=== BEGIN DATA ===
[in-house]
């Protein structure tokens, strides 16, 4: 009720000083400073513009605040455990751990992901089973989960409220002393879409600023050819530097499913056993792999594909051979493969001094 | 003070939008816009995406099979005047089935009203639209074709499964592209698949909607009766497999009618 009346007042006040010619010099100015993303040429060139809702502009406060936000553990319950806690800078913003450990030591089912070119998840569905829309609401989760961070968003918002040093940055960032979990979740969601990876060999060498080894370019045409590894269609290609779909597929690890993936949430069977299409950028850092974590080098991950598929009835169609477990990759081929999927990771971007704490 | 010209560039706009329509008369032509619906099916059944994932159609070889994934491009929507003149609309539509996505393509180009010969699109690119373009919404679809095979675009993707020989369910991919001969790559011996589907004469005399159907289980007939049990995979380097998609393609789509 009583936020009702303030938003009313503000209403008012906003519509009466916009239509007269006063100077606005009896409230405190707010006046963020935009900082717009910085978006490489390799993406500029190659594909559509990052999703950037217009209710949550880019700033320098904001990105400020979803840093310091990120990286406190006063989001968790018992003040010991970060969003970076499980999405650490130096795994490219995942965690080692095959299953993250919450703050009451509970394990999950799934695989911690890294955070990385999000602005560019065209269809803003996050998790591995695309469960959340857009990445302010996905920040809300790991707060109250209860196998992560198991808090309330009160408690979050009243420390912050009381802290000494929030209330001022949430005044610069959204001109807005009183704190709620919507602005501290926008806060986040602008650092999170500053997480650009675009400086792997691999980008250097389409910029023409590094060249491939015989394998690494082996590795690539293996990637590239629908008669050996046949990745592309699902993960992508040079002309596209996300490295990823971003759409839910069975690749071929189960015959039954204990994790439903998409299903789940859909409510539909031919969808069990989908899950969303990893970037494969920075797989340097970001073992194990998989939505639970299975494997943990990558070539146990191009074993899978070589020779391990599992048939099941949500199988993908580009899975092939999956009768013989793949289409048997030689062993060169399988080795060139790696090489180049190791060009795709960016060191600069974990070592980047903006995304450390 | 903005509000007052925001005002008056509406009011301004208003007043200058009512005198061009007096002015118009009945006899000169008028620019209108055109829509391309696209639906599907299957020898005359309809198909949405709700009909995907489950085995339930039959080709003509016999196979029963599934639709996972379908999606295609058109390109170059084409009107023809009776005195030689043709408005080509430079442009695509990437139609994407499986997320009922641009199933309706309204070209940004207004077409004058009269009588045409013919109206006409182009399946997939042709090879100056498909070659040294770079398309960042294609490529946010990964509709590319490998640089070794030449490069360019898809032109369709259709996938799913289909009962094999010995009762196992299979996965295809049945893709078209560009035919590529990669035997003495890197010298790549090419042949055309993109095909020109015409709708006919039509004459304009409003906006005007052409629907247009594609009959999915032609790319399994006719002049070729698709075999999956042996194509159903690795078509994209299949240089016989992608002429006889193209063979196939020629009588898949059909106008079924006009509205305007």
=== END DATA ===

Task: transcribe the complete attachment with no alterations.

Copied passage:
[in-house]
């Protein structure tokens, strides 16, 4: 009720000083400073513009605040455990751990992901089973989960409220002393879409600023050819530097499913056993792999594909051979493969001094 | 003070939008816009995406099979005047089935009203639209074709499964592209698949909607009766497999009618 009346007042006040010619010099100015993303040429060139809702502009406060936000553990319950806690800078913003450990030591089912070119998840569905829309609401989760961070968003918002040093940055960032979990979740969601990876060999060498080894370019045409590894269609290609779909597929690890993936949430069977299409950028850092974590080098991950598929009835169609477990990759081929999927990771971007704490 | 010209560039706009329509008369032509619906099916059944994932159609070889994934491009929507003149609309539509996505393509180009010969699109690119373009919404679809095979675009993707020989369910991919001969790559011996589907004469005399159907289980007939049990995979380097998609393609789509 009583936020009702303030938003009313503000209403008012906003519509009466916009239509007269006063100077606005009896409230405190707010006046963020935009900082717009910085978006490489390799993406500029190659594909559509990052999703950037217009209710949550880019700033320098904001990105400020979803840093310091990120990286406190006063989001968790018992003040010991970060969003970076499980999405650490130096795994490219995942965690080692095959299953993250919450703050009451509970394990999950799934695989911690890294955070990385999000602005560019065209269809803003996050998790591995695309469960959340857009990445302010996905920040809300790991707060109250209860196998992560198991808090309330009160408690979050009243420390912050009381802290000494929030209330001022949430005044610069959204001109807005009183704190709620919507602005501290926008806060986040602008650092999170500053997480650009675009400086792997691999980008250097389409910029023409590094060249491939015989394998690494082996590795690539293996990637590239629908008669050996046949990745592309699902993960992508040079002309596209996300490295990823971003759409839910069975690749071929189960015959039954204990994790439903998409299903789940859909409510539909031919969808069990989908899950969303990893970037494969920075797989340097970001073992194990998989939505639970299975494997943990990558070539146990191009074993899978070589020779391990599992048939099941949500199988993908580009899975092939999956009768013989793949289409048997030689062993060169399988080795060139790696090489180049190791060009795709960016060191600069974990070592980047903006995304450390 | 903005509000007052925001005002008056509406009011301004208003007043200058009512005198061009007096002015118009009945006899000169008028620019209108055109829509391309696209639906599907299957020898005359309809198909949405709700009909995907489950085995339930039959080709003509016999196979029963599934639709996972379908999606295609058109390109170059084409009107023809009776005195030689043709408005080509430079442009695509990437139609994407499986997320009922641009199933309706309204070209940004207004077409004058009269009588045409013919109206006409182009399946997939042709090879100056498909070659040294770079398309960042294609490529946010990964509709590319490998640089070794030449490069360019898809032109369709259709996938799913289909009962094999010995009762196992299979996965295809049945893709078209560009035919590529990669035997003495890197010298790549090419042949055309993109095909020109015409709708006919039509004459304009409003906006005007052409629907247009594609009959999915032609790319399994006719002049070729698709075999999956042996194509159903690795078509994209299949240089016989992608002429006889193209063979196939020629009588898949059909106008079924006009509205305007």